Purple Owl’s Clover
White Fiesta Flower
Silver Bush Lupine
The photos here are a sample of what we saw. For the entire album of nearly 100 photos, check out my Carrizo Plain Wildflowers Photo album.
Even though I’ve gotten out on some good dayhikes, I’ve spent the past few weekends stuck in the Bay Area and the cabin fever has really set in. I was determined to head to the mountains this weekend, and the siren call of the Yosemite Horsetail Firefall window called my name. Many who are familiar with Yosemite know the history of the real firefalls, where a bonfire would be pushed over the Valley rim, but the environmentally correct, 21st century version is created by Mother Nature. In late winter, the angles of the setting sun, when combined with the snowmelt runoff, can create a natural firefall, with the falling water illuminated with a bright orange glow.
Several variables need to come together to make the firefalls happen, and I knew that my only chance of making the window would be this weekend, so weather forecast be damned, I was going to head to the Valley no matter what the forecast had in store for us. We headed out Saturday morning and did some snowshoeing around Crane Flat (I would have preferred my cross country skis, but didn’t get around to waxing them in time). We then headed to the Valley and set up camp at Upper Pines and headed over to the Ansel Adams museum. After a reality check, we accepted the fact that the thick overhead clouds were going to restrict any possible appearance of the firefalls and headed over to Curry Village for dinner. A nice campfire sent us to bed and then the rains kicked in overnight. The constant drizzle this morning kept us from any more snowshoe adventures, but it was still great to get out to the mountains and play in the snow a bit. Can’t wait to spend some more time up there this winter!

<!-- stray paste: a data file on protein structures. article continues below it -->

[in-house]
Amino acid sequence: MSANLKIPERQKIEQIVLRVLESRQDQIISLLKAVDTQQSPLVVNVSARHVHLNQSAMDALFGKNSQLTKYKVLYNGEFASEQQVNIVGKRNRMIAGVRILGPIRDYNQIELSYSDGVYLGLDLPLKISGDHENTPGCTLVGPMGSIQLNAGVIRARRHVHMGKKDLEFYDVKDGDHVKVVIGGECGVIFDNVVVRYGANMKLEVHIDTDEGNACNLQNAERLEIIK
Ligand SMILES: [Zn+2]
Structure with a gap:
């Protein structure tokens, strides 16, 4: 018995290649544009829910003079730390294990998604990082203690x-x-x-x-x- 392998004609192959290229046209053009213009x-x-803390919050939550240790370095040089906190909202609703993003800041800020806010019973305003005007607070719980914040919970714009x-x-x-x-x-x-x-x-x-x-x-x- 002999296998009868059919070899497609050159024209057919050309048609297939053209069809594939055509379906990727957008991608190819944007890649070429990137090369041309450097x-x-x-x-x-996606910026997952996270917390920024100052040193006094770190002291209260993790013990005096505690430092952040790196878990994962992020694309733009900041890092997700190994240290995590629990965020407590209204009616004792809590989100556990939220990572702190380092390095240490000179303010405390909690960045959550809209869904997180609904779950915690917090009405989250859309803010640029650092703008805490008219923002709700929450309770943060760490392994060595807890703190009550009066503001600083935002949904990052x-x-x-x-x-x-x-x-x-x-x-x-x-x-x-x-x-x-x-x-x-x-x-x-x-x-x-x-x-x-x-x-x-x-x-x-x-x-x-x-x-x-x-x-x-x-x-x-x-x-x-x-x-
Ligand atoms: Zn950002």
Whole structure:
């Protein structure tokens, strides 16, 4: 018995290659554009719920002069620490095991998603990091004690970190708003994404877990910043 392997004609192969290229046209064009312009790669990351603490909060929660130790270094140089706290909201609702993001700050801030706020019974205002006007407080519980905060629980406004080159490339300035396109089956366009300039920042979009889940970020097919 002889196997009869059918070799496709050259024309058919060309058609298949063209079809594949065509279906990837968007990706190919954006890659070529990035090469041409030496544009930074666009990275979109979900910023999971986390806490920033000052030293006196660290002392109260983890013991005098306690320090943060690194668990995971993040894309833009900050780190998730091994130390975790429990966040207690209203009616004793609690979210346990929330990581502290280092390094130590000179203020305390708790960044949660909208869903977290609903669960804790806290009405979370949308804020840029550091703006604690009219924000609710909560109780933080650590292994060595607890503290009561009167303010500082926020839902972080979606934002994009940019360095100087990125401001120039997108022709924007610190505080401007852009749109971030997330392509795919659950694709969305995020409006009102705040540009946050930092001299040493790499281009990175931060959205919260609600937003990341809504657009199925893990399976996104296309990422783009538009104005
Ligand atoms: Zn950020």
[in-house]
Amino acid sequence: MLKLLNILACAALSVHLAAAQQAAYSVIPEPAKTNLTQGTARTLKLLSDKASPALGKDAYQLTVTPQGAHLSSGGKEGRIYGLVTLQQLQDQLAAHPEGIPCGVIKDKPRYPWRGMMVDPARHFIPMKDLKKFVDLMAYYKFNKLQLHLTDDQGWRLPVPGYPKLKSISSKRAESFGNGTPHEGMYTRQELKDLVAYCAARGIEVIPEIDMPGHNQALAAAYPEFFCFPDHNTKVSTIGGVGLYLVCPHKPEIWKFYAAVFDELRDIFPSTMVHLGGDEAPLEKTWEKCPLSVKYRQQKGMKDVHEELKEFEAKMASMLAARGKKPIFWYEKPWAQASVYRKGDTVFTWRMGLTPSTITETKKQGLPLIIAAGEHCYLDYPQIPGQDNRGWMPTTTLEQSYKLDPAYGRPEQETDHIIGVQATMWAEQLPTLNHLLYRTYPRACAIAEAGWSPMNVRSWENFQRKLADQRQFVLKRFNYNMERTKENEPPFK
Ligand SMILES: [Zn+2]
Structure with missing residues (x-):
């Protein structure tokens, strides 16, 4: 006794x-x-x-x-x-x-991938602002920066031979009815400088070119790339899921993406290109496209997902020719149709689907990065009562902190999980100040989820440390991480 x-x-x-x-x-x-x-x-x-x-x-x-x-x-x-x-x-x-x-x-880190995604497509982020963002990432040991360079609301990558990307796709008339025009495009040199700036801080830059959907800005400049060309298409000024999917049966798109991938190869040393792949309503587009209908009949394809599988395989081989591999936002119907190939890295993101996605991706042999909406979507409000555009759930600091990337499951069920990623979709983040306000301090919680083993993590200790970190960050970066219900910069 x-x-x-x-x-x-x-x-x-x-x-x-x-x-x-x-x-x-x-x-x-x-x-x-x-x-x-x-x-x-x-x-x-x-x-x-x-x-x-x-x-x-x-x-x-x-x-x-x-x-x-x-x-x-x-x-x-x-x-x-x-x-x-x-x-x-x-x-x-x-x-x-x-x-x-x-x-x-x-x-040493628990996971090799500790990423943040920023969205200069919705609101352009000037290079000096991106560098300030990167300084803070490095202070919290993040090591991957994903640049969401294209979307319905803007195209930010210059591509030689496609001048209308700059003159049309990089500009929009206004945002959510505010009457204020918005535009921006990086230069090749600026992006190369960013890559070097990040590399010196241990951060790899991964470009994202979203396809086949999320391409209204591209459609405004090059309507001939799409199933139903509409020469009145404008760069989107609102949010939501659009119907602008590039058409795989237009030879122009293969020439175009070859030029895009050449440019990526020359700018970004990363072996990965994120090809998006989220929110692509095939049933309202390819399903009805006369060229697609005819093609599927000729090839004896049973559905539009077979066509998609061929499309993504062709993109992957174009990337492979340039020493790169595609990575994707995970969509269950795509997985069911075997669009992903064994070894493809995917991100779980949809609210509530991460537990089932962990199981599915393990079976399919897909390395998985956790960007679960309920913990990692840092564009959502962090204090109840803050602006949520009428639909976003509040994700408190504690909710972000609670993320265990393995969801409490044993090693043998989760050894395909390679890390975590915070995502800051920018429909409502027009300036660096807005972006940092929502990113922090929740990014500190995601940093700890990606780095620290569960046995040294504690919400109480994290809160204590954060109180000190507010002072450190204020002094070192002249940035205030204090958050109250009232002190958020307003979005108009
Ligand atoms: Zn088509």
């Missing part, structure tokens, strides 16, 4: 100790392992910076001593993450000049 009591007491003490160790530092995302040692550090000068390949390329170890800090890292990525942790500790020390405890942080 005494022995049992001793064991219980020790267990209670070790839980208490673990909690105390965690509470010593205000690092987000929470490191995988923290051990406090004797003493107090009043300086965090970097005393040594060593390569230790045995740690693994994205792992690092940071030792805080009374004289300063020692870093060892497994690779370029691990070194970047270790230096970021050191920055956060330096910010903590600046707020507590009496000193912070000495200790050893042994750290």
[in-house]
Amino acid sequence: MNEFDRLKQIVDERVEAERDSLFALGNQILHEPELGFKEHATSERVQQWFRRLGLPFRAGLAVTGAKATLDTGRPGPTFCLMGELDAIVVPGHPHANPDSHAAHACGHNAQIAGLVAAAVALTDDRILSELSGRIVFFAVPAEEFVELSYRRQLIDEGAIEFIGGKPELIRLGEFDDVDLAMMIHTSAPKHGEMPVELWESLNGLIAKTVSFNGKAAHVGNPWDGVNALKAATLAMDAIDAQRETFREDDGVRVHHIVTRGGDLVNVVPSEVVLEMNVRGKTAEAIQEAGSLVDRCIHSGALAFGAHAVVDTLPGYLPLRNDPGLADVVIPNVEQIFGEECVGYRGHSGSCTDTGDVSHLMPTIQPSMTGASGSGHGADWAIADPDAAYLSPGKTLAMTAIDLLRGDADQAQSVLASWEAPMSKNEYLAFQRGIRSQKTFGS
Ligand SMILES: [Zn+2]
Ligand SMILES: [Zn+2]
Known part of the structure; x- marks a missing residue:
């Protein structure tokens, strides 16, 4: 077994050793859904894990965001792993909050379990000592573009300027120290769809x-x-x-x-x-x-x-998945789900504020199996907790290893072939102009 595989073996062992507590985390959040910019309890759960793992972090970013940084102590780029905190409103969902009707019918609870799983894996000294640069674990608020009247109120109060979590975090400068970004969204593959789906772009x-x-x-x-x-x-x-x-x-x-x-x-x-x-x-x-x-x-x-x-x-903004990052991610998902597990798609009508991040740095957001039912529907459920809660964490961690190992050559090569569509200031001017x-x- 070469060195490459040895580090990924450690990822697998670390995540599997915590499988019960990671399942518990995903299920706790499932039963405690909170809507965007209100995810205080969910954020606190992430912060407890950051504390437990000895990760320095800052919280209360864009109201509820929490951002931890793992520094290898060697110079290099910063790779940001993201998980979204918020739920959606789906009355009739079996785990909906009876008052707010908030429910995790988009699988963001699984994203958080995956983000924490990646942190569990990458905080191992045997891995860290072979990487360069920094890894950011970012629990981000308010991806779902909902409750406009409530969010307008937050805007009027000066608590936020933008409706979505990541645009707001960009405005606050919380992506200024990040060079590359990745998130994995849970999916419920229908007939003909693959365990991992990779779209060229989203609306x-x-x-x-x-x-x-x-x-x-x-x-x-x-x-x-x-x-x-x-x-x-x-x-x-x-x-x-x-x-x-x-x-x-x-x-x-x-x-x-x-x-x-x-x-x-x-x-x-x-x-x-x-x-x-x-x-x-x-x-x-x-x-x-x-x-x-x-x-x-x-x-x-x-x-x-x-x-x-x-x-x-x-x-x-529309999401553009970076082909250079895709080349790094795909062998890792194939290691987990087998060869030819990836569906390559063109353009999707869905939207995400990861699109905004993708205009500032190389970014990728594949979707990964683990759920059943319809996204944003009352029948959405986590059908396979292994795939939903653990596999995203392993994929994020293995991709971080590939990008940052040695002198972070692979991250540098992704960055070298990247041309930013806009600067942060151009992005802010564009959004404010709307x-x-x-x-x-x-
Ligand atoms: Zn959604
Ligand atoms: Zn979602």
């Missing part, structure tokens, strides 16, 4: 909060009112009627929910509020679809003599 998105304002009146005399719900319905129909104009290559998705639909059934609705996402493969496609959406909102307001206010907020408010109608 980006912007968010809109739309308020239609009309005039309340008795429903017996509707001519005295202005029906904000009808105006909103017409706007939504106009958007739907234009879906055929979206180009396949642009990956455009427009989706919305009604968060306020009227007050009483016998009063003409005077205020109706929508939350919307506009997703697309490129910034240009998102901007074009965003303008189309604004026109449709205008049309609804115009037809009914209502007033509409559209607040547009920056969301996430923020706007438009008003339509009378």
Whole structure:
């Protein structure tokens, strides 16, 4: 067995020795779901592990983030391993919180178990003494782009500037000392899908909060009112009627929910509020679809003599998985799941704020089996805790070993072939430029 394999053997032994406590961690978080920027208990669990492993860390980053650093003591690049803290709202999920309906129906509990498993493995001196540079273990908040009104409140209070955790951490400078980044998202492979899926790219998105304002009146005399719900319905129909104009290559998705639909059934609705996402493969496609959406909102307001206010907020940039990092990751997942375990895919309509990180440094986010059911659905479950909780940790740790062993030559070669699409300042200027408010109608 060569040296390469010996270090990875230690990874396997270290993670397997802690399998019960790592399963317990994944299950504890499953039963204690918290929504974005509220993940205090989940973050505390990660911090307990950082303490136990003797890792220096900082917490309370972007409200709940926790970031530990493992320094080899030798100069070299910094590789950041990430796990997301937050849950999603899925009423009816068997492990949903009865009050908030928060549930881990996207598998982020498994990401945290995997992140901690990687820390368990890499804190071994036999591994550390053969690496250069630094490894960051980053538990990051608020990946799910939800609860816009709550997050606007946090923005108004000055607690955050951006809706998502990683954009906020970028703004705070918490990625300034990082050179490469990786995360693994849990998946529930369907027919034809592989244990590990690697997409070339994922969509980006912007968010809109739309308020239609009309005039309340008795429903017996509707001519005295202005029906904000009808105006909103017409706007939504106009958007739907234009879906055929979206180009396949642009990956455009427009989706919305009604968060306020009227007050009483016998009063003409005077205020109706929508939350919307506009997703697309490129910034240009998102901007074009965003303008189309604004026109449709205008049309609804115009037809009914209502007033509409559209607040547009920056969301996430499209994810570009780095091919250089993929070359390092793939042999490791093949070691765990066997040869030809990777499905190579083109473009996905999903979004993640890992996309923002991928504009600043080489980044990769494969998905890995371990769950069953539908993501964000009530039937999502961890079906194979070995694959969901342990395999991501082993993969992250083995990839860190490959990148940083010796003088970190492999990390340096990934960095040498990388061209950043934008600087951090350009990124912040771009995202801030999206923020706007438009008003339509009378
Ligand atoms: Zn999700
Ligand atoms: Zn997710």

It’s that time of year again, time for me to play desert rat for a week. Thanksgiving is a great time to head to the desert. Temperatures are mild to cold and crowds are generally light (except on the freeways). As usual, we hopped into the car on the Friday before Thanksgiving and headed south, starting off in Rainbow Basin, a swatch of BLM land outside of Barstow.
Late on Friday night we pulled into Owl Canyon Campground and picked one of the several empty sites. Sometime since last year this campground has been renovated with new equipment -nice! On Saturday morning we headed down Fossil Bed road towards Black Canyon. Note: Fossil Bed road is a wide, graded, sedan-passable dirt road from Irwin Road to Rainbow Basin. Beyond that it is 4×4/high clearance due to unmaintained washouts, at least when we passed through.
Black Canyon and Inscription Canyon is an area of petroglyphs and rock hounding a bit northwest of Barstow. We spent the morning exploring some incredible petroglyphs and finding some fire opal on the sides of Opal Mountain.
We swang through Barstow for gas and lunch, then headed east along I-15 towards Afton Canyon. There are several interesting things that happen in the short, 6-mile-long Afton Canyon: the Mojave River emerges from beneath the surface and flows through the desert, the railroad shipping lines run between the canyon walls, the historic Mojave Road passes through, and several interesting historical sites are scattered around.
Our plan was to set up camp in the campground at the east end of the Canyon, then drive in along the Mojave Road and check out the many sites I had queued up in my GPS. Unfortunately, the river was high enough to prevent us from crossing in our truck. It was certainly possible we could have made it across in our stock Trailblazer, but being solo we didn’t want to risk it – we probably could have been talked into it by someone with a winch! Instead, we did what we should have done at the beginning – strapped on our daypacks and started off on foot down Afton towards Spooky Canyon. It was 3 pm and seven miles round trip on flat, easy navigable terrain – piece of cake!
Hiking the canyon was fun – we chatted with drivers on the Mojave Road, waved to the train engineers as they passed through, and caught a really colorful sunset. Having run out of daylight, we saved the other canyon sites until the next morning. To be continued in the next entry…
The full photo album for the day with trip report details is here: Afton Canyon and Inscription Canyon
A GPX file of the drive through Inscription Canyon is here: Inscription Canyon GPX
And a KML: Inscription Canyon KML file